Australian Film Commission
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23 March 2018
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Indivision News
  August 2005
  In this issue

  IndiVision is an initiative of the Australian Film Commission aimed at re-energising low-budget feature filmmaking in Australia.

This is the first IndiVision News. It aims to keep Australian filmmakers in touch with the latest issues and developments in low-budget filmmaking. You can subscribe to receive IndiVision News twice a year, and also keep an eye on the IndiVision homepage on the AFC website for the latest updates.

The IndiVision News banner features Victoria Thaine in Caterpillar Wish.
  SPECIAL FEATURE: Lean, Mean + Keen: the New York Indie Scene
  Joshua Zeman, co-producer of celebrated US low-budget features The Station Agent and Mysterious Skin, was an advisor at the 2004 IndiVision Project Lab. He talks below about his latest US project, and the keys to producing on a low budget.

I just recently wrapped production on Choking Man, an extremely low-budget film written and directed by Steve Barron. Steve is an accomplished feature/music video director from the UK, with such credits as Ah-Ha's Take on Me, Michael Jackson's Billie Jean and Dire Straits' Money for Nothing. Those videos were so inspirational to me, that I couldn't say no. Steve had also directed one of the most successful independent films of all time, Teenage Mutant Ninja Turtles, so there was no question about his track record or skills.

The script for Choking Man was great, but also ambitious. Then again, we knew Steve could come up with some really creative solutions for our budget constraints, so we kind of just threw ourselves into it.

We shot the film in NYC on an accelerated 18-day schedule. To be honest, I was actually inspired to embark on such an ambitious project after returning from Australia working with the IndiVision folks. I remember, I was so inspired, so filled with that 'can do' attitude that I decided to once again put on those blinders, and embrace the idea that you don't need to money to make a good film. Amazingly enough I think it seems to have worked. We plan on taking the film out to festivals. Since this film centres around the multicultural staff of a restaurant in New York, and with Steve's reputation in the UK, we thought it would be best to try to go for a festival with a much more international appeal like Toronto.

The NY indie scene is really exciting at the moment. Hollywood is really looking towards New York for not only great films, but great filmmakers. Additionally with the recent implementation of a 15 per cent state and city tax rebate, some films that would normally shoot in Canada, and some major studio films, are currently shooting here. Anything we can do to woo the stars to either travel or stay in NY is wonderful. Documentaries are also helping to fuel the NY indie scene. I think there's some very exciting work coming out of documentaries right now.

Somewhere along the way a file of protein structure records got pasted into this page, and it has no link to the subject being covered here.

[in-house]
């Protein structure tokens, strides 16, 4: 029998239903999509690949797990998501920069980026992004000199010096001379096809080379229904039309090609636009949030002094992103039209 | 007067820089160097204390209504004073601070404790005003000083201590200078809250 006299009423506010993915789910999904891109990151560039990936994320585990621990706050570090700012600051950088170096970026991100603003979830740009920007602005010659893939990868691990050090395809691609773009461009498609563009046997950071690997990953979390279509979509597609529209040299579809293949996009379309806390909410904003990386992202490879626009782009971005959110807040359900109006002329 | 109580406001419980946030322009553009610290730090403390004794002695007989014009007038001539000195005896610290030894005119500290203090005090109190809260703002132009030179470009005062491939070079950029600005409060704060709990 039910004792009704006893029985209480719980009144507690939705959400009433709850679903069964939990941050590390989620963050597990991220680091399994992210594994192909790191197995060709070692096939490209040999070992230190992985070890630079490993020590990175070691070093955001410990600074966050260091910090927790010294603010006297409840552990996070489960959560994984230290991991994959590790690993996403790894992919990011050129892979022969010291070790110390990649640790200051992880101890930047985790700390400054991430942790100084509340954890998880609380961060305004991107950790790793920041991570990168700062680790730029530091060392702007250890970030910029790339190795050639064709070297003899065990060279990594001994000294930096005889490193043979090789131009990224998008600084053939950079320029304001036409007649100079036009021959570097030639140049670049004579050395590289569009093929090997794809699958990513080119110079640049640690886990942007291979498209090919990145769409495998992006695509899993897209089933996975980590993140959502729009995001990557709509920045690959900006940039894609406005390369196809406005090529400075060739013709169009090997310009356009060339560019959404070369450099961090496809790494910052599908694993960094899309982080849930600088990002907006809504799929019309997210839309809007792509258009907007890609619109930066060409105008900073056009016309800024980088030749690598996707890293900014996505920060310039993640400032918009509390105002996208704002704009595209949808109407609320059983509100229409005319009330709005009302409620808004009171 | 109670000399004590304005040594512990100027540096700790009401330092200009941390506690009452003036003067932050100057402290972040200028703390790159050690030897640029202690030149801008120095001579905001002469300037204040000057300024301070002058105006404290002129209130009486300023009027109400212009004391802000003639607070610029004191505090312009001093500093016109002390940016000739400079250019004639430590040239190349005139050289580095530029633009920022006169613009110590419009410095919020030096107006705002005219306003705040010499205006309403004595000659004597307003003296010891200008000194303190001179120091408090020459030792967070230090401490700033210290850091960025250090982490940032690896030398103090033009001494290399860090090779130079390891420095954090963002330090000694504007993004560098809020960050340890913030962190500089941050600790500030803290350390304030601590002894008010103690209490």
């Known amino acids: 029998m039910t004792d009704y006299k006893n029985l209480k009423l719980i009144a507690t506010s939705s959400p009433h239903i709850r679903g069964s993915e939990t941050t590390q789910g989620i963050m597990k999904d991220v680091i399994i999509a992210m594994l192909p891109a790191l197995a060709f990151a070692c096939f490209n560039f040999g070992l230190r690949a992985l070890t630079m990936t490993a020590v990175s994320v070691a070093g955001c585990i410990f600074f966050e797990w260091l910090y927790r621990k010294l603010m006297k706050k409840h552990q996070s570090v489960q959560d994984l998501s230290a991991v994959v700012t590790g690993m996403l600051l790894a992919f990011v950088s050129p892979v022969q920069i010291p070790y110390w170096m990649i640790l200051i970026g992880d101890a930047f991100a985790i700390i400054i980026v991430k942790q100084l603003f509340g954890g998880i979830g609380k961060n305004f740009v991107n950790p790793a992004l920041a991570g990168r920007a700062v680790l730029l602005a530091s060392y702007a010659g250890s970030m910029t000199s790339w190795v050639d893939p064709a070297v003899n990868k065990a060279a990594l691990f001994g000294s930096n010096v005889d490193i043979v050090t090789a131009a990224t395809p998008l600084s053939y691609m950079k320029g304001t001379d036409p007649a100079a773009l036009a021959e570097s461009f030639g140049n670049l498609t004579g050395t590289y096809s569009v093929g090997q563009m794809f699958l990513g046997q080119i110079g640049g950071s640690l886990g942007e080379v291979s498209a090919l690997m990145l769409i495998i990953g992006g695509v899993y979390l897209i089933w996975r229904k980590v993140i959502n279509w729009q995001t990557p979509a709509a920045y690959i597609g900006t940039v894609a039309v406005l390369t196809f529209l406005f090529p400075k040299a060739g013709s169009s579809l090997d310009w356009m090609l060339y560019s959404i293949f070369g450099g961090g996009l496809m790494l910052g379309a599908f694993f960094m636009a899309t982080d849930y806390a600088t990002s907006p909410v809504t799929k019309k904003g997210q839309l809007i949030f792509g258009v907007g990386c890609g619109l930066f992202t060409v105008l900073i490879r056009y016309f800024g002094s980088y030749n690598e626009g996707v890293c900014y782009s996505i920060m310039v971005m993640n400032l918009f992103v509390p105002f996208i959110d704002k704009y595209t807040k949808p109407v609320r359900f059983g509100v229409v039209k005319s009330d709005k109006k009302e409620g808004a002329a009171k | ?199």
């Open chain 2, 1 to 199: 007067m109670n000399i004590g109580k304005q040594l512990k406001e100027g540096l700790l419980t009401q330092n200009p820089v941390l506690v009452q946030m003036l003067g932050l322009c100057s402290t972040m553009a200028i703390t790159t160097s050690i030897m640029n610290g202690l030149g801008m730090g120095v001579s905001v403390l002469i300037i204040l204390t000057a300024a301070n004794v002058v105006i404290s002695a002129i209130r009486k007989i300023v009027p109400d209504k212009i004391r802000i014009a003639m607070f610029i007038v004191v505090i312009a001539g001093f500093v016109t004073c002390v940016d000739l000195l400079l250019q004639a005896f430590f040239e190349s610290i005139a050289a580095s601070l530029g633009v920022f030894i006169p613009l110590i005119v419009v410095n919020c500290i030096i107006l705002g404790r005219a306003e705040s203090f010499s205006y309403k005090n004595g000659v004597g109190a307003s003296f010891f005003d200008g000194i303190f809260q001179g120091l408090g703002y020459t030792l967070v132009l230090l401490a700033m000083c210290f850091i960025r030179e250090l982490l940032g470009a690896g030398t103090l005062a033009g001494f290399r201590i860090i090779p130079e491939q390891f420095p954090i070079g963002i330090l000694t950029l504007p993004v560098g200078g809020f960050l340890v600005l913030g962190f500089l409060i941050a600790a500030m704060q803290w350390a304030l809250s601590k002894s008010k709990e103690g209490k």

How to get a film in the can for $400K... that's a tough question. Feed everyone really well, because I'm sure you're not paying them what they are really worth. I think one of the biggest pitfalls in trying to make a low-budget but quality feature is finding a script with elements that serve the budget, yet don't shortchange the storyline. Most scripts can't be made for $400K, even most dialogue-driven films can't be made for 400K. Just because there's no special effects or car crashes doesn't mean you can automatically make the film for that low a price.

With Choking Man, we knew we could make the film for that price because three quarters of the film took place in a diner with minimal cast. That's a huge saving, not just in locations, but vehicles, gas etc. Also the Above the Line (directors and producers) took only what they needed to pay rent. We gave away credits and backend in an effort to get good people for less dollars, or sometimes no money at all. Lastly, we kept the film small no matter what the mental cost. Even interns eat, so nothing is technically free. At times it was exhausting, but we all had to get in there and get our hands dirty. Even the director ended up bringing props with him to set everyday.

Well we have yet to sell the film, but it's an experience I'm becoming more and more familiar with everyday. Basically making a film this way is a hardcore gamble, so having a good script, directors and actors are just the tip of the iceberg. Your film has to be bold, but also entertaining. Of course, it doesn't have to pander to any Hollywood crowd, but people should still have a desire to plunk down their hard earned cash to go see your film. As much as your film is a gamble for you, it's also a gamble for festivals, sales agents and distributors, so make sure it's a film people will want to see.